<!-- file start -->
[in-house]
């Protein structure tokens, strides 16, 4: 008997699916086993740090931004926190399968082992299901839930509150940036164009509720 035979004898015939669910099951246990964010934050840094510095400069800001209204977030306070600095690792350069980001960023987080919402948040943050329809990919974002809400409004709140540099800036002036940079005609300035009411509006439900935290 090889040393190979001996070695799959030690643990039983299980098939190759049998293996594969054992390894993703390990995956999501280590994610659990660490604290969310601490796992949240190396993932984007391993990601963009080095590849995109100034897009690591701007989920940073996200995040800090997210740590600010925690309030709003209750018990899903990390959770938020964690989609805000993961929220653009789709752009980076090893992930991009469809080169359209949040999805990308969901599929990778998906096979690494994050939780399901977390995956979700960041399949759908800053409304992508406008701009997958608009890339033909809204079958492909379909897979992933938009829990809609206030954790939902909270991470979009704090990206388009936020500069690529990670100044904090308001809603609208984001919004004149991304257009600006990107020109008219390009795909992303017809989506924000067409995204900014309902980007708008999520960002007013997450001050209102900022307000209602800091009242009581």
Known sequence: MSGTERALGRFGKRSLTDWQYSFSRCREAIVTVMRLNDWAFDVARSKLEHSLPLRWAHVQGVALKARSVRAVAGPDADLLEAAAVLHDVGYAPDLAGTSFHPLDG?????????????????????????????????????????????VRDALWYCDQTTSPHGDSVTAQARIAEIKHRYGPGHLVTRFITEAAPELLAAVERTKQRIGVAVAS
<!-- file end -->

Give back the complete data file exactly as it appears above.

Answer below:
[in-house]
């Protein structure tokens, strides 16, 4: 008997699916086993740090931004926190399968082992299901839930509150940036164009509720 035979004898015939669910099951246990964010934050840094510095400069800001209204977030306070600095690792350069980001960023987080919402948040943050329809990919974002809400409004709140540099800036002036940079005609300035009411509006439900935290 090889040393190979001996070695799959030690643990039983299980098939190759049998293996594969054992390894993703390990995956999501280590994610659990660490604290969310601490796992949240190396993932984007391993990601963009080095590849995109100034897009690591701007989920940073996200995040800090997210740590600010925690309030709003209750018990899903990390959770938020964690989609805000993961929220653009789709752009980076090893992930991009469809080169359209949040999805990308969901599929990778998906096979690494994050939780399901977390995956979700960041399949759908800053409304992508406008701009997958608009890339033909809204079958492909379909897979992933938009829990809609206030954790939902909270991470979009704090990206388009936020500069690529990670100044904090308001809603609208984001919004004149991304257009600006990107020109008219390009795909992303017809989506924000067409995204900014309902980007708008999520960002007013997450001050209102900022307000209602800091009242009581």
Known sequence: MSGTERALGRFGKRSLTDWQYSFSRCREAIVTVMRLNDWAFDVARSKLEHSLPLRWAHVQGVALKARSVRAVAGPDADLLEAAAVLHDVGYAPDLAGTSFHPLDG?????????????????????????????????????????????VRDALWYCDQTTSPHGDSVTAQARIAEIKHRYGPGHLVTRFITEAAPELLAAVERTKQRIGVAVAS